If you read the specifications for mechanical devices in your computer, for example, disks, fans, and DVD readers, or even pushbuttons, they all have a rating for number of actions.
Disks are guaranteed for aseveral hundreds of thousands of start stops, The same is true for mechanical switches (ons and offs), such as power, reset, keyboard, mouse buttons, wheel, etc.).
If you look at your desktop computer, you will probably note the lettering or ornamental plating on the front power switch is worn away. So, big deal.
If you have a laptop, it is best to power the unit off. This will tend to preserve the battery. But if you want faster startup, use the sleep mode. Sleep mode is best only if you are going away for an long bathroom break and you want privacy, and will be back to full power rapidly to continue using the system from where you left off.
Hibernate is a concept that says, "Write a full image of memory to a cache / swap file and then power off."
Startup should be somewhat faster than going through a full boot. The negative side is that any system updates for security, bugs, etc, will not always be installed until a cold restart is done.
The full power off has a benefit of allowing a clean start the next time you begin to use it. Let me explain the benefits.
Not all programs are perfect with memory management. This means that after many hours of use, memory gets somewhat fragmented. Similarly cache/swap also gets fragmented. Some programs crash, and dynamic memory (some of the spare memory that was reserved), may not be given back to the operating system. Gradually, your system may begin to run more slowly.
So, in my view, for best execution performance, poweroff is best.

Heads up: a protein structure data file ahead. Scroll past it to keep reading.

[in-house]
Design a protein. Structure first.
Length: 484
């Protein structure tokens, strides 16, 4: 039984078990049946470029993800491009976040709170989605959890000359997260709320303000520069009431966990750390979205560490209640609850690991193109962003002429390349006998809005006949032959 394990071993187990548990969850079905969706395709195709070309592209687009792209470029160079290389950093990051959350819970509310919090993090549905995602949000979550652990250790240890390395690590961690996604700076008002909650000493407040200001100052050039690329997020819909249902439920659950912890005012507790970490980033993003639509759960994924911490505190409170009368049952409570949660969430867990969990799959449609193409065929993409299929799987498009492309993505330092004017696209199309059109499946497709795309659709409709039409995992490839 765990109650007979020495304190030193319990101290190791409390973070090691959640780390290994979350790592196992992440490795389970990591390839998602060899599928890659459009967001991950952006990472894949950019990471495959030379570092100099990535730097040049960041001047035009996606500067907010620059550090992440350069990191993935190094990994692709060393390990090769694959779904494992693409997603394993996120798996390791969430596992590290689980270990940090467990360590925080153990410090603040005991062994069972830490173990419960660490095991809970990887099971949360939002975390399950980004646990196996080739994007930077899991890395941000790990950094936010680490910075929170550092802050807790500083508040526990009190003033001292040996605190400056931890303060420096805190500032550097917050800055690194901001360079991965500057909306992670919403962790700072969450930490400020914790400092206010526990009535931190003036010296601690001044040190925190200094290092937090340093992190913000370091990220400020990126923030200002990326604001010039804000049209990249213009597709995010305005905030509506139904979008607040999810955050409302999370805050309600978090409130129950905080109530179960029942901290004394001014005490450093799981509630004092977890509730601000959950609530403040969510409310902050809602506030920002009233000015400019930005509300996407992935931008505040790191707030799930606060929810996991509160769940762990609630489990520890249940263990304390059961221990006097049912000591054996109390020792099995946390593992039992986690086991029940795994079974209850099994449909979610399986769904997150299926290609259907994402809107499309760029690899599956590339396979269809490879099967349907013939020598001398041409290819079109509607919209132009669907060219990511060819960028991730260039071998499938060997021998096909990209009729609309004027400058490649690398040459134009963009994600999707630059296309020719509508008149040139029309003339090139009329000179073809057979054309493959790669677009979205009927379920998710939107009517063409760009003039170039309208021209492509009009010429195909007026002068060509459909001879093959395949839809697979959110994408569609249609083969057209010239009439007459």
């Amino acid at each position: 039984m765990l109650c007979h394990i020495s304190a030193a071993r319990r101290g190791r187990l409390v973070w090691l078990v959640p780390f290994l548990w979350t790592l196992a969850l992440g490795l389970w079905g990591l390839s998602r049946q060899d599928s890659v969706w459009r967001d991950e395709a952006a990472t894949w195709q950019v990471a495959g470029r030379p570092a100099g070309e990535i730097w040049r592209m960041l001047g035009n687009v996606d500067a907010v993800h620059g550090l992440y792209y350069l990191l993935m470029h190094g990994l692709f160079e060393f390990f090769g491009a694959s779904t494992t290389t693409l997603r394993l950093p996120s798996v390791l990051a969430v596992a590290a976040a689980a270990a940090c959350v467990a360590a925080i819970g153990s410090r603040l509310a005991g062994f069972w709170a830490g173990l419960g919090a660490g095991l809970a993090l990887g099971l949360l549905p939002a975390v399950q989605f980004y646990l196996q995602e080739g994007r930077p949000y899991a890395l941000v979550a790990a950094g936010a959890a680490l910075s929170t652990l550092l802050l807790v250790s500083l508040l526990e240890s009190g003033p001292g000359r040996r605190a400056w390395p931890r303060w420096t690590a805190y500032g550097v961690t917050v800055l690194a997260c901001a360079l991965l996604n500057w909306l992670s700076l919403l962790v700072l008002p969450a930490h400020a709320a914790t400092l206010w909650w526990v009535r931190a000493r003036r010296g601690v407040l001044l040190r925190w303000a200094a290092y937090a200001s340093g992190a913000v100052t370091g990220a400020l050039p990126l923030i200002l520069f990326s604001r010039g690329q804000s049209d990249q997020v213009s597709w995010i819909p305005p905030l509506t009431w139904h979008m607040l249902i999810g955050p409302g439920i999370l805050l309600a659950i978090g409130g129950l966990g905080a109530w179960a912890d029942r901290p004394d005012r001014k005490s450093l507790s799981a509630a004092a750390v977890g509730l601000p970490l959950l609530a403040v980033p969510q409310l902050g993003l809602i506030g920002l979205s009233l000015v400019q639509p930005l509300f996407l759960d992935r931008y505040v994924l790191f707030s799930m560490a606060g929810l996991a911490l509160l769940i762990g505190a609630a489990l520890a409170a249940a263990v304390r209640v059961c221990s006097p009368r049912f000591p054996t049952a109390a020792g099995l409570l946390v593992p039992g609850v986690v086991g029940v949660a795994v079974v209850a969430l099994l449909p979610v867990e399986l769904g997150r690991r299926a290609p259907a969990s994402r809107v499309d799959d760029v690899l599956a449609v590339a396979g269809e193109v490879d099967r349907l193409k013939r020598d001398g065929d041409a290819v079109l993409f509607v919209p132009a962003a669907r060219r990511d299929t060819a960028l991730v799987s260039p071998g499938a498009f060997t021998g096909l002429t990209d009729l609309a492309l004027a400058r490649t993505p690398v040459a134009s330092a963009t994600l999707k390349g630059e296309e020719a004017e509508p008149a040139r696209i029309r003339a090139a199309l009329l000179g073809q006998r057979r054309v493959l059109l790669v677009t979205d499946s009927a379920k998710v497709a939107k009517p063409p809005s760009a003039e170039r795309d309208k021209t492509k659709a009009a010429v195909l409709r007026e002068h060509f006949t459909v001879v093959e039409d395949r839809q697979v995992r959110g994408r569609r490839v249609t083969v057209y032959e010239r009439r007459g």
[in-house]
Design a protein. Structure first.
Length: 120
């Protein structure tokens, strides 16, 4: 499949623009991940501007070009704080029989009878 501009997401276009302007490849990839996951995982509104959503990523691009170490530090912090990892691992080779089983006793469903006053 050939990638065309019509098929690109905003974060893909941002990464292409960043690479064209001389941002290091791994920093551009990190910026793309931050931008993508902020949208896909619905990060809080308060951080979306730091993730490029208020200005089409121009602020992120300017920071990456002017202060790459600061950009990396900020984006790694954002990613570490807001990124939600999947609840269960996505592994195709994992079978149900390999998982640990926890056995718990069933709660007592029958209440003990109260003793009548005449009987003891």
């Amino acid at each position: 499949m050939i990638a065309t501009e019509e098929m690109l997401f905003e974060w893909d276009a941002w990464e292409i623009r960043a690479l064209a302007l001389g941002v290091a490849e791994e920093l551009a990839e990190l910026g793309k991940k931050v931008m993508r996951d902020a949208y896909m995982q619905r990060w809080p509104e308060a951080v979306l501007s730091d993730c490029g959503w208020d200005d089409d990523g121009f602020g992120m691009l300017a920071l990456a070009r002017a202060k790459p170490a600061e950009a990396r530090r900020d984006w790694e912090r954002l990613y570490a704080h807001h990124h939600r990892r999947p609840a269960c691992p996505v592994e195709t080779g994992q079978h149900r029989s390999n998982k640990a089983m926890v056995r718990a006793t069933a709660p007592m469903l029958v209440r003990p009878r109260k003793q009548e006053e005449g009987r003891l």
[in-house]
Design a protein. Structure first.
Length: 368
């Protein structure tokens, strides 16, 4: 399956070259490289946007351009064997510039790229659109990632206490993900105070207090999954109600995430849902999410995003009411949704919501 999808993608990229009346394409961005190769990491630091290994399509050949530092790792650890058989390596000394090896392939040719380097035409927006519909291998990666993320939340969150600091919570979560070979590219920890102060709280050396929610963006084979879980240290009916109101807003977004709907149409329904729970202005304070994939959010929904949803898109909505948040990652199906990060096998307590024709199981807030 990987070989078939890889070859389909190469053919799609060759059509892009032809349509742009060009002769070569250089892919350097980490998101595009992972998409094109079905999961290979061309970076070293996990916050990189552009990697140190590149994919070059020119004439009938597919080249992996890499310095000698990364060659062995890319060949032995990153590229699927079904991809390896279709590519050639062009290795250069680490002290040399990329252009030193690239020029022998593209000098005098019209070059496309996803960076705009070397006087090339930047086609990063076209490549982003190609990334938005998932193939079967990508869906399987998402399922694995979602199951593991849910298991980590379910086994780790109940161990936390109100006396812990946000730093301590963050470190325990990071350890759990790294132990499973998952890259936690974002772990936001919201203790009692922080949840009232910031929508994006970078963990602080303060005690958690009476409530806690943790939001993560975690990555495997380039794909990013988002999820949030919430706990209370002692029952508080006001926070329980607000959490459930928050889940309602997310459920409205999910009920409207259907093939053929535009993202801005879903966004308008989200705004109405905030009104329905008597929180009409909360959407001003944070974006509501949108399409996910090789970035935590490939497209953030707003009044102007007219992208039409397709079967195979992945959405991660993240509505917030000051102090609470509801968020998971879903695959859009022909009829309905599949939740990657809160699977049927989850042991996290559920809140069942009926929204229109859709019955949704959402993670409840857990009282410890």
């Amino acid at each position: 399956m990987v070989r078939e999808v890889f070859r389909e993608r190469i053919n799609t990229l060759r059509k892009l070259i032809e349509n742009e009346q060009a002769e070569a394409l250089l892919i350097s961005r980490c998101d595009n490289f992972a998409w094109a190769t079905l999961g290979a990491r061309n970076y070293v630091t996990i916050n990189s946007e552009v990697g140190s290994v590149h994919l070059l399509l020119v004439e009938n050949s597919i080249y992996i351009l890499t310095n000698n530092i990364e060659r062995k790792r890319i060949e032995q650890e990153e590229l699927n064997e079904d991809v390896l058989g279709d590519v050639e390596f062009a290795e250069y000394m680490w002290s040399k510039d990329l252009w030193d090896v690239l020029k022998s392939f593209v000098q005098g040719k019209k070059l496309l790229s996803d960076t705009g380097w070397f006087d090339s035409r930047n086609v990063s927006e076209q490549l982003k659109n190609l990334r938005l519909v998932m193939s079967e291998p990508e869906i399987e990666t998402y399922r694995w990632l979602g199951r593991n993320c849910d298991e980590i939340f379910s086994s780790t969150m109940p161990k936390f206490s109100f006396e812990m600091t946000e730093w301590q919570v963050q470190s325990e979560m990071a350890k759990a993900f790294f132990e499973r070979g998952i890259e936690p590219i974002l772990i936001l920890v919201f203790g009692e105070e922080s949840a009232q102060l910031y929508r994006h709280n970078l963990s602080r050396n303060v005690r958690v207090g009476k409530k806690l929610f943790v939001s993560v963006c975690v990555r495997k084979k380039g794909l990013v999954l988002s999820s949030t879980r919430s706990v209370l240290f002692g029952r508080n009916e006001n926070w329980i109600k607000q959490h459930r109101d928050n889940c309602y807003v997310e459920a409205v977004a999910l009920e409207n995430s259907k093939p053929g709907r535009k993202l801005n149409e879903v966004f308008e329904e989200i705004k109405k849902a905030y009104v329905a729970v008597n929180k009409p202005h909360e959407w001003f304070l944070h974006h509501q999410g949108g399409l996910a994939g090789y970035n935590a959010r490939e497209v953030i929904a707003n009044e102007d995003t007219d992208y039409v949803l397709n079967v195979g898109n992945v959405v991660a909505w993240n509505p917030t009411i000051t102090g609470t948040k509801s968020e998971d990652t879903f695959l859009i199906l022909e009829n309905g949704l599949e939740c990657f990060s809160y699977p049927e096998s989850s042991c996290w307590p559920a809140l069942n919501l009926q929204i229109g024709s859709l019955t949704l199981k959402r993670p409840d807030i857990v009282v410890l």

Some other ideas... If you have a desktop, check the filters that are usually on the case. Clean them of lint.
If you are handy, open the case, get a can of compressed air that is used for blowing ling away and do some cleaning, by blowing out the lint that is on the cpu fan and fins. Don't unplug or remove fans from aruond the CPUs. Blow or wipe away as much dust as possible, including the power supply fan. This action will do more to prolong computer life than anything else.
Regarding disks and disk spinning. All operating systems have an optional timed disk spin down. If you don't do any disk I/O for some period of time (a user setting), then at the end of that timeout period, the disk will spin down to a stop. So whether you choose to power off, put the computer in sleep mode, (power supply is running and so is the power supply fan), or put the computer in hibernate mode, the difference in life span after 5 years may only be measured in minutes.
Keep the cooling fans and cooling fins dust and lint free will do more than anything else to prolong computer life.